After you’ve completed your Master’s degree the next logical step toward your license will be obtaining your Doctorate Degree. There are different doctorates available to you and you can reference them by reading the American Psychological Association (APA) standards for Pennsylvania. No matter what doctoral program you choose to pursue, you must also complete at least 1,500 hours of supervised experience with an APA approved internship. Once you’ve accomplished this task, you are ready to pursue your license officially.

  1. First, you will need to approach the Pennsylvania Board of Psychology in order to submit your first application. This application will cost you a non-refundable fee of $105. Along with your application, you will need to provide your transcripts and official degree status. You’ll also need to supply a National Practitioner Data Bank Self Query Report as well as a Letter of Good Standing.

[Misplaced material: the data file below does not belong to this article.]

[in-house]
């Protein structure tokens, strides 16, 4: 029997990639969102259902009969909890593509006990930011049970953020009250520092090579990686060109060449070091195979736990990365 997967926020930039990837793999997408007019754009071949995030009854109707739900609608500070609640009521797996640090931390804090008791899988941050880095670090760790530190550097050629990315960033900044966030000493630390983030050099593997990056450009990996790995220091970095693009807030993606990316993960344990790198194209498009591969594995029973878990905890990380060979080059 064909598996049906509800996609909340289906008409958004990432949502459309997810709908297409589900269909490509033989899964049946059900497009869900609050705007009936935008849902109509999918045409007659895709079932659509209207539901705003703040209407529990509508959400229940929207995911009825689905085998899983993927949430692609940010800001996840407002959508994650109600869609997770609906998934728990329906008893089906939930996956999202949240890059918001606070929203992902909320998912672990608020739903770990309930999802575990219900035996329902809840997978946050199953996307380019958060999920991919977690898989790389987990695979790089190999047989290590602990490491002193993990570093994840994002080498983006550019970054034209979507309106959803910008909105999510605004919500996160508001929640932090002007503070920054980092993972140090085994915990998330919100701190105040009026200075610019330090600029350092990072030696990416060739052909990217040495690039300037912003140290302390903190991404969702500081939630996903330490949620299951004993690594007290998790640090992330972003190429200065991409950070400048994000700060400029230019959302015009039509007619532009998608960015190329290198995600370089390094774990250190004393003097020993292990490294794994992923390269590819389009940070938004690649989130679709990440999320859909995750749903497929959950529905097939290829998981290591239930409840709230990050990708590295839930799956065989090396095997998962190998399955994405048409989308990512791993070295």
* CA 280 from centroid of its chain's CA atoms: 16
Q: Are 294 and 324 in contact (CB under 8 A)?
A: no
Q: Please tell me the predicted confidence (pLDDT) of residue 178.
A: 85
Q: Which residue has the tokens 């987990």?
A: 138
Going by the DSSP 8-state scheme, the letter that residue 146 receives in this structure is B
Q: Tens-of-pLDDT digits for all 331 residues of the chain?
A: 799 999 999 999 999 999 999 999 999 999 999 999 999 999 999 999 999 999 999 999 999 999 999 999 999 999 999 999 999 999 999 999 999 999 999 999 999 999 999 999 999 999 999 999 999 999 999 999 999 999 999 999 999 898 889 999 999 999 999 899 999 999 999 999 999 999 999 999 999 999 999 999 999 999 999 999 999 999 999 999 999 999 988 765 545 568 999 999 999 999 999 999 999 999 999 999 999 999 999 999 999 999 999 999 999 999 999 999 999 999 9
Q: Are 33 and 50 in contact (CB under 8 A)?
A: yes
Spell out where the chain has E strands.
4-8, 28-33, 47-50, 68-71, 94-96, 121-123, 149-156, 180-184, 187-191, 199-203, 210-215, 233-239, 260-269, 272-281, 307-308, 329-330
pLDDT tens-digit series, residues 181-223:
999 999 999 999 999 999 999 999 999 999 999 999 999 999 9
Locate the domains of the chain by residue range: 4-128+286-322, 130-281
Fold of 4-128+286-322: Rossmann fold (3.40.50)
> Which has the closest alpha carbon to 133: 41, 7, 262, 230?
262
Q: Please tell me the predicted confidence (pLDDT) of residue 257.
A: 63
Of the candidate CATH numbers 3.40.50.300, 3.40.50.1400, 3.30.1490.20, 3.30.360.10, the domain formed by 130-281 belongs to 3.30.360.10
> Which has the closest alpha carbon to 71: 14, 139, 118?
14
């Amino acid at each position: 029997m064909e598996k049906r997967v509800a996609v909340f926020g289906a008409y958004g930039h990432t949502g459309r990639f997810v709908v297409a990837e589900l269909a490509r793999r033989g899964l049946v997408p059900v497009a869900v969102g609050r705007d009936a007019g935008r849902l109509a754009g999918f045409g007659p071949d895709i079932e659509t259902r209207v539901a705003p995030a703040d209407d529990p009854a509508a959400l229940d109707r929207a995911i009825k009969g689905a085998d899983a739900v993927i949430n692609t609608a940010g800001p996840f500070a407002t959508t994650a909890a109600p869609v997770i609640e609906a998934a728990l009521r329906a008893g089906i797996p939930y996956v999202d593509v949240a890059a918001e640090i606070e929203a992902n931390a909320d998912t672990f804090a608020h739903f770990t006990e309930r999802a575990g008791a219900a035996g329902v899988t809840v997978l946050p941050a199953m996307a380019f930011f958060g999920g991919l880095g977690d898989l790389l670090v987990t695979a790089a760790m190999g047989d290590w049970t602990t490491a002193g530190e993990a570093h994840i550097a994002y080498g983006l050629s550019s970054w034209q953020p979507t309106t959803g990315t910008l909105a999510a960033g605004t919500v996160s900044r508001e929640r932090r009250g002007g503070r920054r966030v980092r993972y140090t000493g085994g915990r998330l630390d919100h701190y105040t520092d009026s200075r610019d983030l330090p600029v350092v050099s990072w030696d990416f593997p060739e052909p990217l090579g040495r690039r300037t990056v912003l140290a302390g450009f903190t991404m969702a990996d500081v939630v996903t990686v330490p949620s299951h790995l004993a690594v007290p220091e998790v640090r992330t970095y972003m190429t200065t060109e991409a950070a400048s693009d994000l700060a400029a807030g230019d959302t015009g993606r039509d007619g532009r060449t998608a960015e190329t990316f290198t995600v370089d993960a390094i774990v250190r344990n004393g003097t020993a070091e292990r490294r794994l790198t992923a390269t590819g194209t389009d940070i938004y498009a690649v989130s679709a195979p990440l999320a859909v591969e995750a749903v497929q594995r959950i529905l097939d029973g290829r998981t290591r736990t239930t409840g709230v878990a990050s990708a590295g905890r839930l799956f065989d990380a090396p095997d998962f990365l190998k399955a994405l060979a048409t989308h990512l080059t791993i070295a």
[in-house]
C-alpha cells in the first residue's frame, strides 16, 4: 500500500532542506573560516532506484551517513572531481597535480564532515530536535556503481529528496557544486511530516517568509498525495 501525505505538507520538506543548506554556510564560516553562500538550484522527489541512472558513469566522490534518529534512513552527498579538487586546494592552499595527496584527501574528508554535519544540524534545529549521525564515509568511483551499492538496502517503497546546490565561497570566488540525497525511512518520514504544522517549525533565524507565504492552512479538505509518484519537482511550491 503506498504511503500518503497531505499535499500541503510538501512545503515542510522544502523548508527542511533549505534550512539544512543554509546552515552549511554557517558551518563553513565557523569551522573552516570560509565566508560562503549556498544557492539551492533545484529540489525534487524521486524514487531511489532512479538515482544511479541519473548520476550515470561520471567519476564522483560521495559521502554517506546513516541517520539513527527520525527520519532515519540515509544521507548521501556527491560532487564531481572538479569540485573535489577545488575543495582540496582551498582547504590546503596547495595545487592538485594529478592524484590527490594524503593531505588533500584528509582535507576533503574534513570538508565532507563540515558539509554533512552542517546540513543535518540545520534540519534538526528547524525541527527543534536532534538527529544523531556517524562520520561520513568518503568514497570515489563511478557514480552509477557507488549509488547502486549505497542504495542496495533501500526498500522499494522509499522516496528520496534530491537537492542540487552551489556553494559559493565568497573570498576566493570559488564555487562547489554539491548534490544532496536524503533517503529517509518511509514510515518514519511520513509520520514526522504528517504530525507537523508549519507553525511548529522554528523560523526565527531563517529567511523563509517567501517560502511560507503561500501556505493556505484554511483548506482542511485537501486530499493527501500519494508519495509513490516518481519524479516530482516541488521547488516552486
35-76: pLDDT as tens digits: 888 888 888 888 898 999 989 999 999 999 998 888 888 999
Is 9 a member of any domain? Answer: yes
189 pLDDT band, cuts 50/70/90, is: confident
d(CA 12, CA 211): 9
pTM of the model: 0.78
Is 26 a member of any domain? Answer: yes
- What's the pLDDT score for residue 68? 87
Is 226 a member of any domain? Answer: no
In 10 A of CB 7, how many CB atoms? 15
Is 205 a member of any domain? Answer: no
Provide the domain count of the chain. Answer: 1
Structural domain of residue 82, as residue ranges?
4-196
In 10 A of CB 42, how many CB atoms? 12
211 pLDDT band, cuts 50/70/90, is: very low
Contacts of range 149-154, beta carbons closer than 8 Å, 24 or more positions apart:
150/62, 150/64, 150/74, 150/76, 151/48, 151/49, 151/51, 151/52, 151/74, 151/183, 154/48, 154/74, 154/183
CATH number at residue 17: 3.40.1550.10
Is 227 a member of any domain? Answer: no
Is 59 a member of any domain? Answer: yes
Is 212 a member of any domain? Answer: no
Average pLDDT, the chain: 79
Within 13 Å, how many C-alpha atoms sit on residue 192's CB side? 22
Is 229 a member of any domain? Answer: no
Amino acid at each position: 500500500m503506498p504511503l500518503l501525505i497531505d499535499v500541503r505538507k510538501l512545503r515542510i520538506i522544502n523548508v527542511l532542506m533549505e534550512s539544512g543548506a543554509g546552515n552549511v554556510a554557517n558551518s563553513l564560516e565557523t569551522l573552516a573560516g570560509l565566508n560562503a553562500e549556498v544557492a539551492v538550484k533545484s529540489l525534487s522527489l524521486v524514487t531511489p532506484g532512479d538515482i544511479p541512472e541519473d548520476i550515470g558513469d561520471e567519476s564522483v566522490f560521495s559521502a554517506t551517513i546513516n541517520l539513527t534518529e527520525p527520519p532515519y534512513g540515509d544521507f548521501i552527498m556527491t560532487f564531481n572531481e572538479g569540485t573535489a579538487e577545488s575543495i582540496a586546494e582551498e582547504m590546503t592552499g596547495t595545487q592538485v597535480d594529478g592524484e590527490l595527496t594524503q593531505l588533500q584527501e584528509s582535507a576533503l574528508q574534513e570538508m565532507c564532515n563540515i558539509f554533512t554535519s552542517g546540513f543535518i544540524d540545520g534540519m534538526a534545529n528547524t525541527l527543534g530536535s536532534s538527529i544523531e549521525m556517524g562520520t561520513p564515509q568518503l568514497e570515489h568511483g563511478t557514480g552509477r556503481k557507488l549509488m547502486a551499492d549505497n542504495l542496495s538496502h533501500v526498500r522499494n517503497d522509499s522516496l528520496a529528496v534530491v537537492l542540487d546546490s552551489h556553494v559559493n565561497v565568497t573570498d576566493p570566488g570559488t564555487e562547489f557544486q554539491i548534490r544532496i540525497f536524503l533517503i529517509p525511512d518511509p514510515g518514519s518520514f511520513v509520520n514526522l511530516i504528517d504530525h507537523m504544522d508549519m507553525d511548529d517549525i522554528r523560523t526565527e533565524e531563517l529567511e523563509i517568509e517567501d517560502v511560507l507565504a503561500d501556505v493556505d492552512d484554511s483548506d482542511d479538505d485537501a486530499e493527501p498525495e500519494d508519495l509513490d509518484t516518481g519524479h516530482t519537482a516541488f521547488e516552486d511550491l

2. Once your documents are in order, you will also submit a criminal background check that is dated within the prior 90 days. You can acquire this documentation from your local state police department. You will also have to submit a child abuse clearance form provided by the Department of Public Welfare. In rare instances, the Board will demand further documentation.